Open Access Article
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Natural greenhouse gas and ozone-depleting substance sources and sinks from the peat bogs of Connemara, Ireland from 1994–2020

Richard G. Derwent a, Peter G. Simmonds *b, Simon J. O'Doherty b, T. Gerard Spain c and D. Young b
aRdscientific, Newbury, Berkshire RG14 6LH, UK
bSchool of Chemistry, University of Bristol, Bristol, BS8 1TS, UK. E-mail:
cSchool of Physics, National University of Ireland-Galway, Galway, H91 TK33, Ireland

Received 17th May 2021 , Accepted 20th July 2021

First published on 24th July 2021


The peat bogs of Connemara in the vicinity of the Mace Head Atmospheric Research Station on the Atlantic Ocean coastline of Ireland act as natural sources and sinks of greenhouse gases and ozone-depleting substances. Simultaneous emissions of methane and chloroform occur routinely during night-time inversions and low wind speeds, with concurrent depositions of ozone and hydrogen. The temporally correlated ozone data were employed with the nocturnal box method to determine the deposition velocities of hydrogen and the emission rates of methane and chloroform during 502 night-time events over the study period from 1994–2020. The average hydrogen deposition velocity found was 0.45 ± 0.3 mm s−1. Hydrogen deposition velocities appeared to increase with time by about +1.2% per year. Chloroform emission rates averaged 0.44 ng m−2 s−1 and were somewhat smaller than those we have reported previously. Methane emission rates averaged 0.37 ± 0.2 μg m−2 s−1 in agreement with our previous studies but this study found an increase with time of +1.3% per year which was statistically significant. This increase was probably driven by local climate change through the increasing rainfall seen during the study period.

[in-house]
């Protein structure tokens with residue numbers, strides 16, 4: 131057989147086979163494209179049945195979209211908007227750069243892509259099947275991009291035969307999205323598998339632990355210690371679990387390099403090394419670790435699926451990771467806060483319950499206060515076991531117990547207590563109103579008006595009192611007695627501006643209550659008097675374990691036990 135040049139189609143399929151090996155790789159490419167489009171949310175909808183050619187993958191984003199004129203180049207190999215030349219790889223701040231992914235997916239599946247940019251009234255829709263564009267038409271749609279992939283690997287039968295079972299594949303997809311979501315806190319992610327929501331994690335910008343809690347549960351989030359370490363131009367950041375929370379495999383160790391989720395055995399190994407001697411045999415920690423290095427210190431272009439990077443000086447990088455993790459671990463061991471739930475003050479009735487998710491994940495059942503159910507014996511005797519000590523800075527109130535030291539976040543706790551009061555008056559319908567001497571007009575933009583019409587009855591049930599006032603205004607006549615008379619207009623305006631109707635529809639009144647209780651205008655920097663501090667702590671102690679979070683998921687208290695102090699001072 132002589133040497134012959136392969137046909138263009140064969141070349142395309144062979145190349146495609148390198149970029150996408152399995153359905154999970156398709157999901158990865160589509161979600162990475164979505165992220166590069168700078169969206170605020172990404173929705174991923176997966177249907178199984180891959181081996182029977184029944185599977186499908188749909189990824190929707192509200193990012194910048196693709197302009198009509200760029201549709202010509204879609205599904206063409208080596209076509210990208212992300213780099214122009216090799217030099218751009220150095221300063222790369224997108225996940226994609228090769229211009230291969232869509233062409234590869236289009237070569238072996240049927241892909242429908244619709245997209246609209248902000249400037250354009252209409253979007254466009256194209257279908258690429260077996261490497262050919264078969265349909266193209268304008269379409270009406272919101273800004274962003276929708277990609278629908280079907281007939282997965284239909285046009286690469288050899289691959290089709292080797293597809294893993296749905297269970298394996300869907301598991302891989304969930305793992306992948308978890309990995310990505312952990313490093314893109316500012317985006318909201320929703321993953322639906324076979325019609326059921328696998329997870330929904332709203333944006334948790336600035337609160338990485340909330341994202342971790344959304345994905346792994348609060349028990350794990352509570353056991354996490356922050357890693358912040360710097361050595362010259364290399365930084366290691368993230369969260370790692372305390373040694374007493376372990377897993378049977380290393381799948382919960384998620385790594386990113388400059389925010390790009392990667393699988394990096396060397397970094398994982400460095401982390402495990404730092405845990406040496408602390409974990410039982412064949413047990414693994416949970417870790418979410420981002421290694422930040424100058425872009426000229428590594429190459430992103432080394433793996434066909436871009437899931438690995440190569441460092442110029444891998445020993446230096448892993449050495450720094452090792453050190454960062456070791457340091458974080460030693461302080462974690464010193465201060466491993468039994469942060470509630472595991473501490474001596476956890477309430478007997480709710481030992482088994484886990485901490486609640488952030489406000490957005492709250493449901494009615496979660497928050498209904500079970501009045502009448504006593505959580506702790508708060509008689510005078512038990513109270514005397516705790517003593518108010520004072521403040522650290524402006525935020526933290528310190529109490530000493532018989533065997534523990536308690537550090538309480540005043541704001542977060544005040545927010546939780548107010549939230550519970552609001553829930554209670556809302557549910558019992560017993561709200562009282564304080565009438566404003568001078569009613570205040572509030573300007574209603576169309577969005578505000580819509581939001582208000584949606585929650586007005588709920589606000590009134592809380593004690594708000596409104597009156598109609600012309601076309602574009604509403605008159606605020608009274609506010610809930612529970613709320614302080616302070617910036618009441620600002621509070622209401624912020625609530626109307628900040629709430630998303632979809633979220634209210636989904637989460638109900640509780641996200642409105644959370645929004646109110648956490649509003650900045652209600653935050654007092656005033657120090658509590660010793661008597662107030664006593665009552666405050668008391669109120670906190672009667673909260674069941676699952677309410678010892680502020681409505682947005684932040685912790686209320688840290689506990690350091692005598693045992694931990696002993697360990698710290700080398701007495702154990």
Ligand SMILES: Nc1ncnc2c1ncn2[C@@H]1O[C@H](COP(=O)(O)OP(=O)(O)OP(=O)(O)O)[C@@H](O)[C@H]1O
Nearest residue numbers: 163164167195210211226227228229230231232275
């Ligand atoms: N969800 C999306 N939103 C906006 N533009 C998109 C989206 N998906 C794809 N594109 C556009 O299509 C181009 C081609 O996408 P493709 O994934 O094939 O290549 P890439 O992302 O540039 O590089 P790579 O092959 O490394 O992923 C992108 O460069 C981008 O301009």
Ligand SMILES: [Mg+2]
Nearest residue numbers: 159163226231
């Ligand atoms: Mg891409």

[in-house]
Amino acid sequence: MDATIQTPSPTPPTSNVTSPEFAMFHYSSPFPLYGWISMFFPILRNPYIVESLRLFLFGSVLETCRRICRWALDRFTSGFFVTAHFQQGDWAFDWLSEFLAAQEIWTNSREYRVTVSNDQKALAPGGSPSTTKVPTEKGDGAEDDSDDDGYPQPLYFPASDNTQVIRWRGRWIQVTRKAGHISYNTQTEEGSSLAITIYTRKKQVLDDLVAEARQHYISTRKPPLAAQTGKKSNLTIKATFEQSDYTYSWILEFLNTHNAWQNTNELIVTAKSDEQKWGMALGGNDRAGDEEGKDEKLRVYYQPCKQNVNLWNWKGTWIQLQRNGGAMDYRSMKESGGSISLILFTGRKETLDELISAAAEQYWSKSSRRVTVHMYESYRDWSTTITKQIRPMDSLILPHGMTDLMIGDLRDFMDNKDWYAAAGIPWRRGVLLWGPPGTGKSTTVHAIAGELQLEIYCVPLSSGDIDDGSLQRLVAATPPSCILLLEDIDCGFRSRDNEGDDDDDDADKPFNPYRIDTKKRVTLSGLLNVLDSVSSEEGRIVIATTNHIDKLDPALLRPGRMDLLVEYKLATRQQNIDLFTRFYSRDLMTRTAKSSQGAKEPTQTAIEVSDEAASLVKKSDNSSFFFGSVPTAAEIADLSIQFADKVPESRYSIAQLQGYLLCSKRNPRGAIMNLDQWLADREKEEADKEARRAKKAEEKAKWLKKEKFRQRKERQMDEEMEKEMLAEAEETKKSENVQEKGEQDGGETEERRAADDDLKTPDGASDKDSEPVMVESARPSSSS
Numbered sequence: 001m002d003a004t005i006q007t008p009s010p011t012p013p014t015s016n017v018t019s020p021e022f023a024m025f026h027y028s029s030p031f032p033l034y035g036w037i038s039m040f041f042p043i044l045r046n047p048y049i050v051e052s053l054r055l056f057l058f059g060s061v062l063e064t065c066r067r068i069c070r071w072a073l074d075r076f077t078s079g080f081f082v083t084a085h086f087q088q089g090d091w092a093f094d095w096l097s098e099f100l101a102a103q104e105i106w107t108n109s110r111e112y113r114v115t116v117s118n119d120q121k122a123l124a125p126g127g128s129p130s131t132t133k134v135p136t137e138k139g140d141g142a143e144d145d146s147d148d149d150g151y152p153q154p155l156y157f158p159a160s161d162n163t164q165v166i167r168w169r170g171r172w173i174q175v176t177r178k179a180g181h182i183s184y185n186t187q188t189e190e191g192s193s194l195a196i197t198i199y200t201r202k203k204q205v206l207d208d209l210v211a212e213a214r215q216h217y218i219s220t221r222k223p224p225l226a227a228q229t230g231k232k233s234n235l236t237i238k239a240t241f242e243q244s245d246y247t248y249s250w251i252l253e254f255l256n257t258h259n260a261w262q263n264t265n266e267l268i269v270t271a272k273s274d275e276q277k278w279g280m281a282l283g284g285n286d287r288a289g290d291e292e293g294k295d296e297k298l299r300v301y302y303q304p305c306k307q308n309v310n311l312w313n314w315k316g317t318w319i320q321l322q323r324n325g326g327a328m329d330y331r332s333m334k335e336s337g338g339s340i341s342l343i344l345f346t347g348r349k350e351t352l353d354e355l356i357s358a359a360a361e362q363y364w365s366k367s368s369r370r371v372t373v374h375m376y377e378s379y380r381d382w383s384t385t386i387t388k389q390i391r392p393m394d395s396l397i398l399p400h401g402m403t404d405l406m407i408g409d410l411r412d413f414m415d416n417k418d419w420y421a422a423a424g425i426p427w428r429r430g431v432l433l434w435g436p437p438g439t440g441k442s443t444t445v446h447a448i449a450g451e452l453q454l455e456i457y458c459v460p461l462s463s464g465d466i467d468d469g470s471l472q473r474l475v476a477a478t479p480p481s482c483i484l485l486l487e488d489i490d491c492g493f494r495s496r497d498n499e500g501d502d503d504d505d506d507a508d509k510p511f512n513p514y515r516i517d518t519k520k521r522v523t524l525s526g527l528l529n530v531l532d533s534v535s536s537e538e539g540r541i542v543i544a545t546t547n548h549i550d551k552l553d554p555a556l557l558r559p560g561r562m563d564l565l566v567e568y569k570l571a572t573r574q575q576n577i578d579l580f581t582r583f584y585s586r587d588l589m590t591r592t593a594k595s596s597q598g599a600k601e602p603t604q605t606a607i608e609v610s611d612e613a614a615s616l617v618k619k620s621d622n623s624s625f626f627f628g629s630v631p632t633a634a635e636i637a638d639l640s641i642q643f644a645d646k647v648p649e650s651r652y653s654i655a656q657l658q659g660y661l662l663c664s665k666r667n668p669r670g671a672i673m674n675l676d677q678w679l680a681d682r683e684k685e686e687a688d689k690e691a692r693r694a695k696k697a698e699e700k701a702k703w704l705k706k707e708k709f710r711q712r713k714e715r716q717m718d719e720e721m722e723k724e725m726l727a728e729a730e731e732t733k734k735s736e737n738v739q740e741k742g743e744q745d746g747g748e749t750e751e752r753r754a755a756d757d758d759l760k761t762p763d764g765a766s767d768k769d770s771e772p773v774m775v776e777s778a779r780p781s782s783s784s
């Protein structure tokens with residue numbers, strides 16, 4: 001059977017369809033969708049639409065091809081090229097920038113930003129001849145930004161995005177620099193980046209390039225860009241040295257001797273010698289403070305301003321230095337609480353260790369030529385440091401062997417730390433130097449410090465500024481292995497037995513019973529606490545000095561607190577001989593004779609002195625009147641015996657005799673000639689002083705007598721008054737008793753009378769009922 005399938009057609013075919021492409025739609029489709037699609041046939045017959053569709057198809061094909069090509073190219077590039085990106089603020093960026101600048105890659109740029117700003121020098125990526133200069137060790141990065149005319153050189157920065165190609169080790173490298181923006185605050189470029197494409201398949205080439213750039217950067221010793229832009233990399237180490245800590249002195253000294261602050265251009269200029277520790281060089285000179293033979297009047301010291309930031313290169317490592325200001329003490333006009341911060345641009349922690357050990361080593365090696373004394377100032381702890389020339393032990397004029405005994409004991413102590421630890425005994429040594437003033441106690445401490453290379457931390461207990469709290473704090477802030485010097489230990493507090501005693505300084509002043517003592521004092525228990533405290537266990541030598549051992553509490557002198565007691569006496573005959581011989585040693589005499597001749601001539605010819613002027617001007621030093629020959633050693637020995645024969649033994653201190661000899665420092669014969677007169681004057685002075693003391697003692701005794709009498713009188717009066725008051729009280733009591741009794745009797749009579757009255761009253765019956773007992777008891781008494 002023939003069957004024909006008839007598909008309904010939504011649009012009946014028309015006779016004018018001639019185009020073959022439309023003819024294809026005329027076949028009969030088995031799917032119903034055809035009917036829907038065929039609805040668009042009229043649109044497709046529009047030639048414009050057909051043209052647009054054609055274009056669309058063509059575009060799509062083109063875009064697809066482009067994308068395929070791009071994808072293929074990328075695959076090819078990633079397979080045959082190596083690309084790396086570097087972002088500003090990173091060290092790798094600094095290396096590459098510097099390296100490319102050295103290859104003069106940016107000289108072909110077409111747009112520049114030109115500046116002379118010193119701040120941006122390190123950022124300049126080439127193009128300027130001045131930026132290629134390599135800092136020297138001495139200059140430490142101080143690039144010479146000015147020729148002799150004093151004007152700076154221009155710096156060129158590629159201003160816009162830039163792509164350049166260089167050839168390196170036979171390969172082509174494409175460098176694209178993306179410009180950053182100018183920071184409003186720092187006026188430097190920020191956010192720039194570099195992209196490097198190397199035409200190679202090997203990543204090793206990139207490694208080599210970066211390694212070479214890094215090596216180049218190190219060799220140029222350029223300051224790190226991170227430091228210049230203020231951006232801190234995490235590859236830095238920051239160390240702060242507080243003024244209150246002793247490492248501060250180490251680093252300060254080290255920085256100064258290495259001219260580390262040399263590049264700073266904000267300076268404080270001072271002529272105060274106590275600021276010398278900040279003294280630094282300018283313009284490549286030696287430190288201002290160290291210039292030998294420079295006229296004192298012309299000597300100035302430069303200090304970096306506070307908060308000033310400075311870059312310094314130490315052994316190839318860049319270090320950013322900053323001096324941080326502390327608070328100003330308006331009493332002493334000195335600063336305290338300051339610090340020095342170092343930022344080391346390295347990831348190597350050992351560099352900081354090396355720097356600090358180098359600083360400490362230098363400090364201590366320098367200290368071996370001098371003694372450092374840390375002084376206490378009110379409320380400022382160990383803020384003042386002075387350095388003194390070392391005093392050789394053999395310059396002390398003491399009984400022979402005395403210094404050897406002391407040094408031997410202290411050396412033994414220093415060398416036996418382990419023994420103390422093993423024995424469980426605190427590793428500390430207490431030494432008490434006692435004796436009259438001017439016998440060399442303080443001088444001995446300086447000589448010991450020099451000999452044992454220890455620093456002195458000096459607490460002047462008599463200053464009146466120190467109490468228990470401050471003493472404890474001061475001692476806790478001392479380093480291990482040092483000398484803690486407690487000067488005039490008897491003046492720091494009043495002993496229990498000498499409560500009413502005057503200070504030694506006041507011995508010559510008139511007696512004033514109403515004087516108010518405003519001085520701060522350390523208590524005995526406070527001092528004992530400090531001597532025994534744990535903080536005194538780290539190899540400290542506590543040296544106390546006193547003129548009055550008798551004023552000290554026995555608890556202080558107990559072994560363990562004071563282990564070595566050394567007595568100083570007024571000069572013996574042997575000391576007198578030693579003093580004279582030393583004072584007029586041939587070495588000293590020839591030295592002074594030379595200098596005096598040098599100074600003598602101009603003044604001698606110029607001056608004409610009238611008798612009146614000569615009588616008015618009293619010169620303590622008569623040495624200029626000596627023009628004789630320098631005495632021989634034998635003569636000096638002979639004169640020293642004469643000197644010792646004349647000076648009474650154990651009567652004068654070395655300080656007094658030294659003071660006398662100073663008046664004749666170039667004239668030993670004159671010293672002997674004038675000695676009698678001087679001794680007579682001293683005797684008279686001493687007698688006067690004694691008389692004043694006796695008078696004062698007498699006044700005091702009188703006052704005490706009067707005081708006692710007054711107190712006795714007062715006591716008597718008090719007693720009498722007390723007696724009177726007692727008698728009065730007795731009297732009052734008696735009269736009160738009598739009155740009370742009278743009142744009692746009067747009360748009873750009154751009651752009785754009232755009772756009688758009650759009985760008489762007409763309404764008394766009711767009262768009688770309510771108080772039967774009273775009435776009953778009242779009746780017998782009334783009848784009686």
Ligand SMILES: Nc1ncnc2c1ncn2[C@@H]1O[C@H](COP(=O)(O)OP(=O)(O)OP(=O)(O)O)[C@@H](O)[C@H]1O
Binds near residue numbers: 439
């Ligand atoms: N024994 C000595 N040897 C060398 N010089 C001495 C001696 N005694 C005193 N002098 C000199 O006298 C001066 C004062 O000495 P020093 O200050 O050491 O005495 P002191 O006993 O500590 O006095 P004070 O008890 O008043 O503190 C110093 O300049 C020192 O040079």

Environmental significance

Methane and ozone are the second and third most important man-made greenhouse gases after carbon dioxide and chloroform is the second most important natural chlorine carrier to the stratosphere after methyl chloride. It is important to understand their natural as well as man-made sources and their removal processes from the atmosphere. The Connemara peat bogs surrounding the Mace Head Atmospheric Research Station exert a local influence on the night-time measurements of methane, ozone and chloroform and this allows a quantification of local natural sources and sinks. In addition, our observations have allowed the quantification of the deposition rate of hydrogen. Hydrogen is a little studied trace gas that may play an important role in future zero-carbon energy systems. However, it is an indirect greenhouse gas by virtue of its impact on the tropospheric hydroxyl radical distribution and the global distributions of methane and ozone. Hydrogen deposition is a key process in mitigating this indirect global warming and measurements of hydrogen deposition are required because it is poorly defined.

1. Introduction

Methane (CH4) is the second most important man-made greenhouse gas after carbon dioxide (CO2)1 and has both natural and man-made sources. Its global atmospheric levels have been rising rapidly in recent years and there are concerns that this may be driven by increasing biological sources of CH4 such as wetlands, thawing permafrost, or livestock.2 There is therefore an interest in the trends over recent years in CH4 sources, both natural and man-made and CH4 sinks.3,4 Natural sources of CH4 include wetlands and peatlands in the tropics and mid-to-high latitudes,5 tundra and enteric fermentation in animals. Peatlands are the largest natural source of atmospheric CH4 and climatic changes in soil temperature and precipitation are expected to favour CH4 production, thereby increasing CH4 emissions. Furthermore, these processes are regulated by variations in the water table where net CH4 emissions depend on the history of inundation.6 This study addresses one of these natural CH4 sources, namely the lowland peat bogs of Connemara on the west coast of Ireland. We examine the trends in CH4 emissions over the last 25 years by extending our previous study.7